Recent data on surface components involved in interactions of V. cholerae O1 with hemocytes of Mytilus galloprovincialis, an economically important, and appreciated seafood in the Mediterranean area, indicated that hemolymph serum contains opsonins specifically directed toward the “mannose-sensitive hemagglutinin (MSHA)” (Zampini et al., 2003), an adhesin expressed by El Tor and O139 strains (other V. cholerae strains either do not carry the msha gene or do not express it, i.e., strains of O1 serogroup, classical biotype; Chiavelli et al., 2001). It was suggested that D-mannose containing serum opsonins, capable to specifically react with MSHA, are involved in V. cholerae El Tor phagocytosis, and killing by mussel hemocytes (Zampini et al., 2003).
However, the above data did not rule out the possibility that in mussel serum, in addition to opsonins directed toward MSHA, other components are present that mediate interactions with hemocytes of vibrios different from O1 El Tor. To explore this possibility, we tested the capability of M. galloprovincialis serum to promote phagocytosis and killing by hemocytes of V. cholerae bacteria of O1 classical biotype and non-O1/O139 serogroups. The obtained results indicate that opsonizing molecules directed toward these bacteria are actually present in M. galloprovincialis hemolymph serum; a preliminary analysis of these components and the involved bacterial antigens is presented.
Materials and Methods
Bacteria and Culture Conditions
Vibrio cholerae CD81 (O1 classical ) was kindly provided by Dr. B. S. Srivastava (Microbiology Division, Central Drug Research Institute, Lucknow 226001, India); RC60, RC66, and RC69 (non-O1/O139) were kindly provided by Dr. A. Huq (Maryland Pathogen Research Institute, University of Maryland, College Park, MD 20742, USA). N16961 ATCC® 39315TM (O1 El Tor) was also used in some experiments. All cultures were grown in Luria-Bertani (LB) broth or agar under static conditions at 37°C. To radiolabel bacteria, strains were grown overnight in LB broth containing 10 μCi of [methyl-3H]thymidine (25 Ci/mmol) ml-1, were then harvested by centrifugation (3,000 × g for 15 min at 4°C), washed three times with phosphate-buffered saline (PBS; 0.1 M KH2PO4, 0.1 M Na2HPO4, 0.15 M NaCl, pH 7.2–7.4), and resuspended in PBS at an A650 of 1(2 × 108 to 4 × 108 bacteria ml-1). The number of counts per minute (cpm) per milliliter and the number of bacteria per milliliter were evaluated in triplicate samples to calculate the efficiency of cell labeling (number of bacteria per cpm) that varied in different bacterial preparations from 180 to 350. Artificial sea water [ASW; 35‰ (wt/vol) salinity, pH 7.9], filtered onto 0.22 μm-pore-size Millipore filters (Bedford, MA, USA), was used throughout the experiments.
Preparation of Mussels Hemocyte Monolayers
Mussels (M. galloprovincialis Lam.) were obtained from the depuration plant Casa del Pescatore (Cattolica, Italy). Animals were transferred to the laboratory, cleaned of epibiota and kept in an aquarium at 16°C in static tanks containing ASW (1 l/animal) for 1–3 days before use; sea water was changed daily. Hemolymph was extracted from the posterior adductor muscle of the mussels by using a sterile 1 ml syringe with a 18-gauge, 0.5-in. long needle. After the needle was removed, the hemolymph was filtered through sterile gauze and pooled. To prepare hemocyte monolayers, an approximately 0.3-ml portion of hemolymph (corresponding to about 2 × 106 to 3 × 106 cells) was seeded onto glass coverslips (20 by 22 mm) placed in plastic culture dishes. The coverslips were incubated at 18°C for 30 min. Non-adherent hemocytes were removed by gently washing the preparations three times with 3 ml of ASW (Zampini et al., 2003).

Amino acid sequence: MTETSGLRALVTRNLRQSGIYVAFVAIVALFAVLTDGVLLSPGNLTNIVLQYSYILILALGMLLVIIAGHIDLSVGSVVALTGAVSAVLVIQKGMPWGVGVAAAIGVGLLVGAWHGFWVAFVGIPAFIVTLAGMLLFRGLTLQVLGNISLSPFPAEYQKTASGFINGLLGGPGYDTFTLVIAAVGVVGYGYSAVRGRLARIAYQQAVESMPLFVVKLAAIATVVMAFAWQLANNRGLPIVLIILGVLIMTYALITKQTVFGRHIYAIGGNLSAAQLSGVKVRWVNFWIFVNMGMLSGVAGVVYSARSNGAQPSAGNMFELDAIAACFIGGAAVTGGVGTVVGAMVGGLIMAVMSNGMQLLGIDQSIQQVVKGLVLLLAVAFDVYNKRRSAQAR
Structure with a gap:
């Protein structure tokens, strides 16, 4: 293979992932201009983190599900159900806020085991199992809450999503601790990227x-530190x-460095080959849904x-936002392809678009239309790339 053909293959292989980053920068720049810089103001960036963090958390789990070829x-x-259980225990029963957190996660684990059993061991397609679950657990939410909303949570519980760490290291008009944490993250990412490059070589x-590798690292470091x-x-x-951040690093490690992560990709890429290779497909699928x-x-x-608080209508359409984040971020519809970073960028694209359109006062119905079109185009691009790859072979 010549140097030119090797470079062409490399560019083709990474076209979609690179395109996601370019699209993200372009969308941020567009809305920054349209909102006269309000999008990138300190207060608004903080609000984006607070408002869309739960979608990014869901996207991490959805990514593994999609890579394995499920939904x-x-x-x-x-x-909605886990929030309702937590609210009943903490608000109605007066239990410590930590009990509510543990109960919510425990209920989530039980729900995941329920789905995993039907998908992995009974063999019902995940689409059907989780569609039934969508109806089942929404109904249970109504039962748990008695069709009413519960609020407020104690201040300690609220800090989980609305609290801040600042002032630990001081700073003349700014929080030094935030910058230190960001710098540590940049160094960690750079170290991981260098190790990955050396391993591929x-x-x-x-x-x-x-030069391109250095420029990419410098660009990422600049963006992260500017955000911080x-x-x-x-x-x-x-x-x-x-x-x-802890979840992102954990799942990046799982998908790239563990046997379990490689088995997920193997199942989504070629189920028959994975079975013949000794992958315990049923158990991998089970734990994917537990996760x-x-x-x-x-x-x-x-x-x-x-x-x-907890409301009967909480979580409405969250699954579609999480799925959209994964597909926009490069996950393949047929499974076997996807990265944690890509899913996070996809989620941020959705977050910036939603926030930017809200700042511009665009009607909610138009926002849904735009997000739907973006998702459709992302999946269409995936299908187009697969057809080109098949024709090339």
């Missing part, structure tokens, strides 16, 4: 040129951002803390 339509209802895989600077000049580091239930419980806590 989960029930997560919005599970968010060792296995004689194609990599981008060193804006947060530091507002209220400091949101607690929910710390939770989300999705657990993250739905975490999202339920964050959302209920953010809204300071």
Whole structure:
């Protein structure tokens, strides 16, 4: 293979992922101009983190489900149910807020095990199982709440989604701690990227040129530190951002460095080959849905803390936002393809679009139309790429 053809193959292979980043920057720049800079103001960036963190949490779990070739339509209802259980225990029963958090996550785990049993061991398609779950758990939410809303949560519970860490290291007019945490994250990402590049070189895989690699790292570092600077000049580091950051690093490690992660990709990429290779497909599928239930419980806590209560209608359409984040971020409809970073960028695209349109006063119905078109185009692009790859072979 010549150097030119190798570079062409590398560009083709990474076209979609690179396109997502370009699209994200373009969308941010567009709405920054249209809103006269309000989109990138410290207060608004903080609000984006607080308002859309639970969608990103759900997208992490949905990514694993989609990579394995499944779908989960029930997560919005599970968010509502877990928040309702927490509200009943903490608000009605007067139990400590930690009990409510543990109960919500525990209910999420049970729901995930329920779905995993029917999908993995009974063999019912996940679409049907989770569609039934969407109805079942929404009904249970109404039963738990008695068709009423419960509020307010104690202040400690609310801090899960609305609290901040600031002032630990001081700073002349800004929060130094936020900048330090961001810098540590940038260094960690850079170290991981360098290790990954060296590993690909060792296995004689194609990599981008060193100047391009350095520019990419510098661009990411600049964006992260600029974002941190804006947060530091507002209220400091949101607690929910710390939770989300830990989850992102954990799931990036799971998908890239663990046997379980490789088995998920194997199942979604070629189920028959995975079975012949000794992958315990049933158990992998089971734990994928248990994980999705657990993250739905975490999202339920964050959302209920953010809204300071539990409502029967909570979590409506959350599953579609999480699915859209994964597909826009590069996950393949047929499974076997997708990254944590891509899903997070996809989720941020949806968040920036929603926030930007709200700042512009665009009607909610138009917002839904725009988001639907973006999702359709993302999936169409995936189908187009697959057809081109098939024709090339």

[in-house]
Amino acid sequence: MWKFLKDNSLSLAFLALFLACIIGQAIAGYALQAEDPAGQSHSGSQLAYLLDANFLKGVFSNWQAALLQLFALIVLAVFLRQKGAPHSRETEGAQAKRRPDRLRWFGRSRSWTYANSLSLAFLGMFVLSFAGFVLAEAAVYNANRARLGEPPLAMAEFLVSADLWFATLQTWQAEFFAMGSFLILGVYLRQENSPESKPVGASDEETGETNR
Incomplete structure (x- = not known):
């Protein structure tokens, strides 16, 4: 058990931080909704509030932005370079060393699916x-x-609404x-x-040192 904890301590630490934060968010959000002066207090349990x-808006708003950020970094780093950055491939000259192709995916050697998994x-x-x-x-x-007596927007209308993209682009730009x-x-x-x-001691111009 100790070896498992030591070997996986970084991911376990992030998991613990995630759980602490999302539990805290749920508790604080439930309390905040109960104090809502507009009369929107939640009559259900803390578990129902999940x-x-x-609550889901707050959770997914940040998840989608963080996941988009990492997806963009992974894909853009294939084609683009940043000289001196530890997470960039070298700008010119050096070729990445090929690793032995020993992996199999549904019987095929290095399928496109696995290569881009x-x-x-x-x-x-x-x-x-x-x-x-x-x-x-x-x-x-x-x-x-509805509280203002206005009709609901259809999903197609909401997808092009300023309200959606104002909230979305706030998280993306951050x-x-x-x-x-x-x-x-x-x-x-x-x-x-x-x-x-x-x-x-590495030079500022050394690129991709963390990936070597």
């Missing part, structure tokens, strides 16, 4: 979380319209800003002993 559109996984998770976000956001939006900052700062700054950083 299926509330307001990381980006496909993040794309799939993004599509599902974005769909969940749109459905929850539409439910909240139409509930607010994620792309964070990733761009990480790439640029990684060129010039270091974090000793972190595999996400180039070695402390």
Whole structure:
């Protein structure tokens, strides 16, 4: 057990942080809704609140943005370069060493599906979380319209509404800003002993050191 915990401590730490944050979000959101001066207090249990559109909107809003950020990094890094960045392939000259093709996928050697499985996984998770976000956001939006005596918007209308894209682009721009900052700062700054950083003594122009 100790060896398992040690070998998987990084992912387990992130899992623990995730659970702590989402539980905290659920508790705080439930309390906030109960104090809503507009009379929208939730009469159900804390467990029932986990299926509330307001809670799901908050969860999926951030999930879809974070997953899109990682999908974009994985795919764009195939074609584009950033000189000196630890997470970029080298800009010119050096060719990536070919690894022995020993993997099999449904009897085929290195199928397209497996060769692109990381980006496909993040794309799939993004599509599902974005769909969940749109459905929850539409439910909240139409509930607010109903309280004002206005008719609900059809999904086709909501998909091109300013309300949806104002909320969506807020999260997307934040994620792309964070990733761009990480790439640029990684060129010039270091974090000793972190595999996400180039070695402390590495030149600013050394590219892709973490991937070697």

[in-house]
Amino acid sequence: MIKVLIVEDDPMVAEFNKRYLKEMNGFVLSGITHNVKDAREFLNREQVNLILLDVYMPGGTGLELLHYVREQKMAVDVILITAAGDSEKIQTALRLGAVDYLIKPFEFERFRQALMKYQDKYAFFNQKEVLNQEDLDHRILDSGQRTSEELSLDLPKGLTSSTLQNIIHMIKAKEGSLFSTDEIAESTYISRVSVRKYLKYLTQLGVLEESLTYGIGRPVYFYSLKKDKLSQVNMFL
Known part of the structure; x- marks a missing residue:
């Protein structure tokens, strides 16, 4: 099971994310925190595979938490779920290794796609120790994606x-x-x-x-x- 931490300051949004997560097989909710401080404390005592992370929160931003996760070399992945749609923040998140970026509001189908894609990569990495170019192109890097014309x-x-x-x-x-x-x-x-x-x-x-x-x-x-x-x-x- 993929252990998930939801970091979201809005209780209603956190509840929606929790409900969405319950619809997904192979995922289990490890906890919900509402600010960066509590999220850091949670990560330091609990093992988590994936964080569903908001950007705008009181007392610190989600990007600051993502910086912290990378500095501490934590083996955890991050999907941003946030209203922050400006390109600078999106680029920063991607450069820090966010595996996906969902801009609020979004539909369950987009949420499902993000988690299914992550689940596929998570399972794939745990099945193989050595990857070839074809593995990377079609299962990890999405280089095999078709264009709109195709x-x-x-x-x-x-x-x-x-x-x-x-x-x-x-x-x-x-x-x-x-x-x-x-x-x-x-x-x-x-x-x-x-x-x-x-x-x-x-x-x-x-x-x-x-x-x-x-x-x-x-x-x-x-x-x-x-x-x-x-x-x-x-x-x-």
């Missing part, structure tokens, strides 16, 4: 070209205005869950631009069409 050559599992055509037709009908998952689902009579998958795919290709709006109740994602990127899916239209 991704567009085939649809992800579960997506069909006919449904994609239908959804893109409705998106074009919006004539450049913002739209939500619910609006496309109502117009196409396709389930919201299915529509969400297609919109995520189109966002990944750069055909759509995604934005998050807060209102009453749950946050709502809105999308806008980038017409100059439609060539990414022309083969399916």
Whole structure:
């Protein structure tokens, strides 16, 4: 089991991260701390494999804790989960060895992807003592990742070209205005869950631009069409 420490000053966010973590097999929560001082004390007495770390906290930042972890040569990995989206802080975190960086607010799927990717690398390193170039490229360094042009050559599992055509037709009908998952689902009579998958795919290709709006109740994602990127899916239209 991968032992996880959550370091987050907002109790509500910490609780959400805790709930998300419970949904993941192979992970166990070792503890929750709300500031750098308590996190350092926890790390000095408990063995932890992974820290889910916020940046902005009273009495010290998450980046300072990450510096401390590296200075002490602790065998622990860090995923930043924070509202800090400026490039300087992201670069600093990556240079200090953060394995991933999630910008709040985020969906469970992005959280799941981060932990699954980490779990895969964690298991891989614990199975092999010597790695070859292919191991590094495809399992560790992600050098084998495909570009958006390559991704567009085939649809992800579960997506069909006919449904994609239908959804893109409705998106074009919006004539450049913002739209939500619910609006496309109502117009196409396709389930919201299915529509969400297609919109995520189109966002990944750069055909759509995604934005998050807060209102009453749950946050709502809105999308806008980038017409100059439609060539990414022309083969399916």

To obtain hemolymph serum (i.e., hemolymph free of cells), the whole hemolymph was centrifuged at 50 × g for 10 min; the supernatant was then passed through a filter (pore size, 0.22 μm).
Adhesion to and Association with Hemocyte Monolayers
Evaluation of bacterial adherence to hemocytes was performed as follow: aliquots (1.5 ml) of either ASW or hemolymph serum containing radiolabeled bacteria at a final concentration of 2 × 107 to 3 × 107 bacteria ml-1 were added to monolayers, and the dishes were incubated with gentle shaking at either 4°C (to evaluate adhering bacteria) or 18°C (to evaluate associated bacteria = adhering + internalized). Triplicate preparations were made for each sample. After 60 min incubation, the cover slips were rinsed with cold ASW, and transferred to PICO-FLUORTM15 scintillation fluid (Packard Instruments Company Inc., Meriden, CT, USA). For each sample, the number of bacteria per monolayer was calculated using the efficiency of cell labeling. Background counts due to bacterial attachment to cover-slips were also evaluated (typically 50–250 cpm) and subtracted from the sample values. In experiments performed to define the chemical nature of the bacterial component(s) involved in interactions with hemocytes, bacteria were pretreated with pronase E and sodium meta-periodate. Pronase E was added to bacterial suspensions at a final concentration of 100 pgml-1. The suspensions were then incubated for 1 h at 37°C in a shaking water bath and centrifuged. The pellets were resuspended in PBS to the original volume. Sodium meta-periodate pretreatment of bacteria was performed in PBS containing sodium meta-periodate at a final concentration of 1 mM. The suspensions were incubated at room temperature for 10 min, washed twice and resuspended in PBS.